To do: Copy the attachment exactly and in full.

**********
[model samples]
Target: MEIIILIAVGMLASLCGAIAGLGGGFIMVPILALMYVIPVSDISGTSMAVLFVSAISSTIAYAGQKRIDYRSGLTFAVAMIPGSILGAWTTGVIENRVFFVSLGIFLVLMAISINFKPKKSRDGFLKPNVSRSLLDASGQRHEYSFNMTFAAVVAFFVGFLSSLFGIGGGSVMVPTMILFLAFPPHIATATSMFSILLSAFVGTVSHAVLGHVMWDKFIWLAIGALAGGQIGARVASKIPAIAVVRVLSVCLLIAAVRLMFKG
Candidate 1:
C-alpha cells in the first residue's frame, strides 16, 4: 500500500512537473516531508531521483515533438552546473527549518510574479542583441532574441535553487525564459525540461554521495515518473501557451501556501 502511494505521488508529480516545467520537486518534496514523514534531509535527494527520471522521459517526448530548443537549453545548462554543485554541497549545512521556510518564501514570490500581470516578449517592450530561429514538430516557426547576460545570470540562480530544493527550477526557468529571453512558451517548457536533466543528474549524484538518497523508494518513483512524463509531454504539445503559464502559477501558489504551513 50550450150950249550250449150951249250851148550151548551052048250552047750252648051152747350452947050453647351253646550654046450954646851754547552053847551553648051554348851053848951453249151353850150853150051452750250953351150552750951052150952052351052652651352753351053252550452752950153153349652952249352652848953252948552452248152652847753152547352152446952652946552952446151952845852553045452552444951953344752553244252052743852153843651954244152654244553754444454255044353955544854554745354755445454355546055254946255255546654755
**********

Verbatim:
[model samples]
Target: MEIIILIAVGMLASLCGAIAGLGGGFIMVPILALMYVIPVSDISGTSMAVLFVSAISSTIAYAGQKRIDYRSGLTFAVAMIPGSILGAWTTGVIENRVFFVSLGIFLVLMAISINFKPKKSRDGFLKPNVSRSLLDASGQRHEYSFNMTFAAVVAFFVGFLSSLFGIGGGSVMVPTMILFLAFPPHIATATSMFSILLSAFVGTVSHAVLGHVMWDKFIWLAIGALAGGQIGARVASKIPAIAVVRVLSVCLLIAAVRLMFKG
Candidate 1:
C-alpha cells in the first residue's frame, strides 16, 4: 500500500512537473516531508531521483515533438552546473527549518510574479542583441532574441535553487525564459525540461554521495515518473501557451501556501 502511494505521488508529480516545467520537486518534496514523514534531509535527494527520471522521459517526448530548443537549453545548462554543485554541497549545512521556510518564501514570490500581470516578449517592450530561429514538430516557426547576460545570470540562480530544493527550477526557468529571453512558451517548457536533466543528474549524484538518497523508494518513483512524463509531454504539445503559464502559477501558489504551513 50550450150950249550250449150951249250851148550151548551052048250552047750252648051152747350452947050453647351253646550654046450954646851754547552053847551553648051554348851053848951453249151353850150853150051452750250953351150552750951052150952052351052652651352753351053252550452752950153153349652952249352652848953252948552452248152652847753152547352152446952652946552952446151952845852553045452552444951953344752553244252052743852153843651954244152654244553754444454255044353955544854554745354755445454355546055254946255255546654755